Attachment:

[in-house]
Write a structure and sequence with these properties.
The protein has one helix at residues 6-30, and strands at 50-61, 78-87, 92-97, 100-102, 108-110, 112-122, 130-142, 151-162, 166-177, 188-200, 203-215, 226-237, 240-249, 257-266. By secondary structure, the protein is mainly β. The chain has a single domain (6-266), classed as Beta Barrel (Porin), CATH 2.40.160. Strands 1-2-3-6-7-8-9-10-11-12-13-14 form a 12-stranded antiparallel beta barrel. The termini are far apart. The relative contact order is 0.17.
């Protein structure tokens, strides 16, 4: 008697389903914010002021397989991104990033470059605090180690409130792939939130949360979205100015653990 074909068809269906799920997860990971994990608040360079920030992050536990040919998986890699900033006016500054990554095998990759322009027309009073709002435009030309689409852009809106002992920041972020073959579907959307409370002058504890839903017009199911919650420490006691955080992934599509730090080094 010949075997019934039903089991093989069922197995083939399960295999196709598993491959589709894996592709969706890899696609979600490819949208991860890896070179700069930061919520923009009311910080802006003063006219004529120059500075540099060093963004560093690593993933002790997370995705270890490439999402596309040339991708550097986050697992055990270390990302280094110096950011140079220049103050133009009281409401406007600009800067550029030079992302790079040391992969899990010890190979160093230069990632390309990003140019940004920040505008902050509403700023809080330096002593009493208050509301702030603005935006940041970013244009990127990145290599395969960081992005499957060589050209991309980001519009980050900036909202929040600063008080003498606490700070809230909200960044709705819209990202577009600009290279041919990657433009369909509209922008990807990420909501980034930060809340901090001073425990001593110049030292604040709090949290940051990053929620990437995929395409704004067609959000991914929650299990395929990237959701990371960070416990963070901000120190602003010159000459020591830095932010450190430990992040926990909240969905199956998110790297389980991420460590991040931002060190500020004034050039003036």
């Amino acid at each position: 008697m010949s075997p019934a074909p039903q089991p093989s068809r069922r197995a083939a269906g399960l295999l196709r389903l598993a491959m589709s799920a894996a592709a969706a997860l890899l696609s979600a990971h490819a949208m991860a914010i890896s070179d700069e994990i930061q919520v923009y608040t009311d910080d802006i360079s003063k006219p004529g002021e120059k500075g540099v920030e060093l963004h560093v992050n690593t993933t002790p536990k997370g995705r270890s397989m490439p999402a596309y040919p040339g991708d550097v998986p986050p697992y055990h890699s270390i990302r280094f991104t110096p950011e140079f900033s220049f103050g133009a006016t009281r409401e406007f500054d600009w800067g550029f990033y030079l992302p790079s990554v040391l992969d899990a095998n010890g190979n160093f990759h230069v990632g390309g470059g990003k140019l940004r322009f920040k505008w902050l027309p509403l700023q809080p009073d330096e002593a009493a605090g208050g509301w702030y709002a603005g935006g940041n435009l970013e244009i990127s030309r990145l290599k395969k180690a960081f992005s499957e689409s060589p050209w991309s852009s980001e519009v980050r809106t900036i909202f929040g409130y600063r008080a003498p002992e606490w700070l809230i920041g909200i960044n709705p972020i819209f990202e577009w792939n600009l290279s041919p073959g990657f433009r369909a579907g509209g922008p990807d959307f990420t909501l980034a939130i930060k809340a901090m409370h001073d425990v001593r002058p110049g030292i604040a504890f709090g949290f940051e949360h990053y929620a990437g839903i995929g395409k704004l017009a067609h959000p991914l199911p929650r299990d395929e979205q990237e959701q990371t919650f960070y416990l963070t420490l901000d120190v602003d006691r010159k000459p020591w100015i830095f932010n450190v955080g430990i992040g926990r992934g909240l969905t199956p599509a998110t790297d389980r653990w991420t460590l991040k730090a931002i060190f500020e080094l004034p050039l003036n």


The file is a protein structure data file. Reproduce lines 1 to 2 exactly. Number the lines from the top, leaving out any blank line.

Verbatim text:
[in-house]
Write a structure and sequence with these properties.